Abel Brown was a radical abolitionist and Baptist minister who was active in Albany, Troy and Sand Lake around the late 1830s, and early 1840s. He was noted as an uncompromising and provocative individual who went to great lengths for the cause of the abolition of slavery. He was very active in assisting fugitives and not at all secretive about it. He published a newspaper called the Tocsin of Liberty in which he daringly not only published the first names of fugitives he helped, but also the names of their former slave masters. He was so provocative and helped so many that slave owners sent arrest warrants from far away cities seeking his capture.
Brown was born in Springfield, Massachusetts in 1810. He began a career as a Baptist minister at age 22 as a temperance preacher. His provocative style provoked many enemies. He was driven out of Auburn for his temperance preaching early in his career by a mob.
“The Mob pursued me about eight miles,” he wrote in his journal “[I] fled to the woods and was hunted . . . until ten o’clock at night [a total of 11 hours]. His crime had been “visiting about one hundred Drunkards’ families, and telling to the community their wretchedness.”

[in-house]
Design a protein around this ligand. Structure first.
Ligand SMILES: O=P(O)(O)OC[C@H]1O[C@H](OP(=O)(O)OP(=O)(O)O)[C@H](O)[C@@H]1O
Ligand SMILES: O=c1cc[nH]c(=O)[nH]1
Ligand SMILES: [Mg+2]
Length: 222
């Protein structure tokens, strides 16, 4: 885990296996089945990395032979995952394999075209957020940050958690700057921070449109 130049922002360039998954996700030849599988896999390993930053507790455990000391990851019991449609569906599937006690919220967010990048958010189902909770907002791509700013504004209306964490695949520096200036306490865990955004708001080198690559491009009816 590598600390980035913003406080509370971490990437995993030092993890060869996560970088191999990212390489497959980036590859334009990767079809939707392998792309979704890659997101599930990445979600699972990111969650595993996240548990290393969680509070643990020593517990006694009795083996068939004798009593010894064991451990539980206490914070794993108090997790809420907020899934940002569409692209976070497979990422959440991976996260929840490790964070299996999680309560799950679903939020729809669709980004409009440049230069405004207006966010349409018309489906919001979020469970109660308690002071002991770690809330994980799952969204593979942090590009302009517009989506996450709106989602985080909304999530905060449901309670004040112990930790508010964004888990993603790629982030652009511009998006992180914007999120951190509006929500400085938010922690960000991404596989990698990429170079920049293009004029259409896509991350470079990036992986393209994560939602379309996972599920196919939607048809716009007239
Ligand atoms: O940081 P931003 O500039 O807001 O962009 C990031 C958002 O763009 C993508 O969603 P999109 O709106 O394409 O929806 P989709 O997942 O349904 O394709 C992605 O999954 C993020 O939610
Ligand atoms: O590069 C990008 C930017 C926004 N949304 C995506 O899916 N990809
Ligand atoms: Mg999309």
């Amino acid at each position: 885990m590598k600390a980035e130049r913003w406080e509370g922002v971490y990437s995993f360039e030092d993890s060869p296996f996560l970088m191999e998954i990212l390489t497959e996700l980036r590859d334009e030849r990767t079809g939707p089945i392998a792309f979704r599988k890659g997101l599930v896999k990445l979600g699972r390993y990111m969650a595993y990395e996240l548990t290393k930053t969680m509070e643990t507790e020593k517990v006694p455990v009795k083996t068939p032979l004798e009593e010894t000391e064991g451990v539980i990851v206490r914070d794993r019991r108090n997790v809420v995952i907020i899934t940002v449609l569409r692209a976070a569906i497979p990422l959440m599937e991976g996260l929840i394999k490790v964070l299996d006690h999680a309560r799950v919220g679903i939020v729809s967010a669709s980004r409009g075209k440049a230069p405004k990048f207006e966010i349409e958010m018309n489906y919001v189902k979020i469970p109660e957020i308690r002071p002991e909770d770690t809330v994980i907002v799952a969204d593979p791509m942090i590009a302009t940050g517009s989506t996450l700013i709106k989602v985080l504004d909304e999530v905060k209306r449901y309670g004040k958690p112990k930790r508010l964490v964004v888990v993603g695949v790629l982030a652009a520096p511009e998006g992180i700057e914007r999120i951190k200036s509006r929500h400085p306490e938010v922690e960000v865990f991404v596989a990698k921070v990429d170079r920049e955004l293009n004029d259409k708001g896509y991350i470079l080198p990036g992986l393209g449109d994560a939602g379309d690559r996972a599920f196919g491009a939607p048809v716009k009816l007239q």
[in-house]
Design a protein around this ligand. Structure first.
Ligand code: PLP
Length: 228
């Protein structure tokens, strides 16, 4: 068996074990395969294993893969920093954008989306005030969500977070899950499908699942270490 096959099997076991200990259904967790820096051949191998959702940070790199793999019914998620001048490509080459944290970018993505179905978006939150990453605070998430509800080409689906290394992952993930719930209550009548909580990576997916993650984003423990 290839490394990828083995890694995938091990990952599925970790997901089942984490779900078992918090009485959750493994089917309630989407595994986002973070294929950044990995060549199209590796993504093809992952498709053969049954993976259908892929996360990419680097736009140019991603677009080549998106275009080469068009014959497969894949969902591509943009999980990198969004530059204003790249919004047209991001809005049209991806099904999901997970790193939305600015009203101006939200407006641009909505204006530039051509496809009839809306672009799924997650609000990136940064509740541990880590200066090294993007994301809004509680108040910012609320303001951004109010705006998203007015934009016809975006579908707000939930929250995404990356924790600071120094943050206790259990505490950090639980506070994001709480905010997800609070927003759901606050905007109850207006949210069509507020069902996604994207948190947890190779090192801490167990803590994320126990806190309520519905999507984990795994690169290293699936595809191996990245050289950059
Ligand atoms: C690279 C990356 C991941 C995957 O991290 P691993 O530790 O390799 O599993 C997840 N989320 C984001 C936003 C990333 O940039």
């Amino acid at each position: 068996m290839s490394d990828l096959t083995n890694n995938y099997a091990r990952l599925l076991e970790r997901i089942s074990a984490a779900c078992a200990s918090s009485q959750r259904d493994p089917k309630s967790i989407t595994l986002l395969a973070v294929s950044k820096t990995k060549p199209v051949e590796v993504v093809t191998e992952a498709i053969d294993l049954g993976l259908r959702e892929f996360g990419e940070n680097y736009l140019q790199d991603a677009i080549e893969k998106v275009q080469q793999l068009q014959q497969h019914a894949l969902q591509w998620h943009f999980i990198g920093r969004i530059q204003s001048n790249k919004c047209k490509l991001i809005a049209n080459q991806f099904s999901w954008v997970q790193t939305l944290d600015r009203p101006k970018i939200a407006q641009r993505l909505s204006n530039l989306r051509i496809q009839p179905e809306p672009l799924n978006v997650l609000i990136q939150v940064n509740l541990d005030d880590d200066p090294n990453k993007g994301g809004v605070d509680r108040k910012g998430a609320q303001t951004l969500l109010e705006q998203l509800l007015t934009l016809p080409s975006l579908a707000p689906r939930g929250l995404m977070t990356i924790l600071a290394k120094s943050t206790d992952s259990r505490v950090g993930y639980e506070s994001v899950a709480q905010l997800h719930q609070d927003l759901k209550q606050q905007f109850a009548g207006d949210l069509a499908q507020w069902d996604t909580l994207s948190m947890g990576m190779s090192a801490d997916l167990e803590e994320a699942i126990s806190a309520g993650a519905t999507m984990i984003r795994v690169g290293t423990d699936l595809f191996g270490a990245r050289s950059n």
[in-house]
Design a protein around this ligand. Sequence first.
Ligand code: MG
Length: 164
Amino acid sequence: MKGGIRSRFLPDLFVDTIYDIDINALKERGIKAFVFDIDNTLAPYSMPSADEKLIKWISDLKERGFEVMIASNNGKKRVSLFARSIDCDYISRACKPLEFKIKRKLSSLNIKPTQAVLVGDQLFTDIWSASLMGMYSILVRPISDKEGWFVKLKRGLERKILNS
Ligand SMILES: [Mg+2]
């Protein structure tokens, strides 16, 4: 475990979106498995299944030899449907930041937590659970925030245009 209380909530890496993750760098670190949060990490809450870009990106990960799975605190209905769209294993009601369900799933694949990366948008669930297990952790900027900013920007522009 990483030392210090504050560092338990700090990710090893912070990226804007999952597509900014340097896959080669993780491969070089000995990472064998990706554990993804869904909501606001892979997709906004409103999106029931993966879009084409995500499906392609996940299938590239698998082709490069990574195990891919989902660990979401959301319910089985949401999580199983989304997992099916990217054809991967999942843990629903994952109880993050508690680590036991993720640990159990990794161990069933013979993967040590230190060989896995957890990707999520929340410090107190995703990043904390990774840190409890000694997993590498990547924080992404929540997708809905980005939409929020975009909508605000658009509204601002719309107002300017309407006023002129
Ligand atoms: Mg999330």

Brown and Miss Mary Brigham of Massachusetts moved to Chautaqua County in southwestern New York state after they were wed in 1835. By 1836 Brown claimed to have become “an abolitionist in the full sense of the word.” While lecturing for the American Anti-Slavery Society he became an agent for the Anti-Slavery Society of Western Pennsylvania. During his residence along the Ohio River, he is known to have assisted fugitive slaves in their quest for for freedom. While there he attempted to open a school to train others in anti-slavery. The school was, “to be established at some eligible point on the river Ohio . . . to be instituted . . . by a body of men actively engaged in purifying the church from the contaminating influence of Slavery.” His confrontational style offended many local clergy and the lack of success with the school resulted in his move to Albany. He also was disappointed in the refusal of many of his ministerial colleagues to condemn those who owned slaves.
In April 1841 became pastor at the Sand Lake Baptist Church. The Albany area was well suited for his anti-slavery work as it was “a city which from its location on the banks of the Hudson, was the constant resort of fugitive slave, when travelling [sic] in the direction of the North Star, to seek shelter under the wings of Queen Victoria’s dominion, or happily, perchance, to find an Asylum in the nominally free States”, according to a biographical memoir published after his death in 1849 by his second wife, Catherine.